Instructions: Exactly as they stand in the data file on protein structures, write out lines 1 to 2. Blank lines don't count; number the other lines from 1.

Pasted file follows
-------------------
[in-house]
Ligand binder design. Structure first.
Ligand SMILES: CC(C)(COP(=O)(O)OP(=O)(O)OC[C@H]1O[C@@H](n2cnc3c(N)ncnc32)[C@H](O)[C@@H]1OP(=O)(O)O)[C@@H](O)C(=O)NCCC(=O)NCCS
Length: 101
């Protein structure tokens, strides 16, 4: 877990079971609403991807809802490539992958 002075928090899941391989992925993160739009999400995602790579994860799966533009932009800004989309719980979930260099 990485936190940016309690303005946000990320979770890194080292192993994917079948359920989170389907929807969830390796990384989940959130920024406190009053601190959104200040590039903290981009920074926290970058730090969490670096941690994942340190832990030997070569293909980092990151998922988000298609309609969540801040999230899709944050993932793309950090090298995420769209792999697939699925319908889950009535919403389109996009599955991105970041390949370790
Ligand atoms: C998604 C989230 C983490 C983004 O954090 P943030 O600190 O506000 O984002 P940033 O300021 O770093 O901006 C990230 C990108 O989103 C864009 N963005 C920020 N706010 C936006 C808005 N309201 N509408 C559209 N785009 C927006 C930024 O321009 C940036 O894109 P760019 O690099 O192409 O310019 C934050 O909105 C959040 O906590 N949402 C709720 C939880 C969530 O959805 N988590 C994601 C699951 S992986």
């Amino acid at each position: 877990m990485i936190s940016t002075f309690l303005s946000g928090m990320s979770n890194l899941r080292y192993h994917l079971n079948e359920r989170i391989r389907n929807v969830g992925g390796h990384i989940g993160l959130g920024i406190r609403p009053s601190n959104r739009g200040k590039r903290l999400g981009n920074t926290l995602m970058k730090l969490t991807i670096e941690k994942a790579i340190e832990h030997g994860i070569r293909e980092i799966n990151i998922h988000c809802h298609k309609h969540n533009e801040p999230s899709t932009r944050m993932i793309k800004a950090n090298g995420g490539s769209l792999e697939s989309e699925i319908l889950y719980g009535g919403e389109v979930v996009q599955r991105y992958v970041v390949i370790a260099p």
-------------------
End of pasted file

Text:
[in-house]
Ligand binder design. Structure first.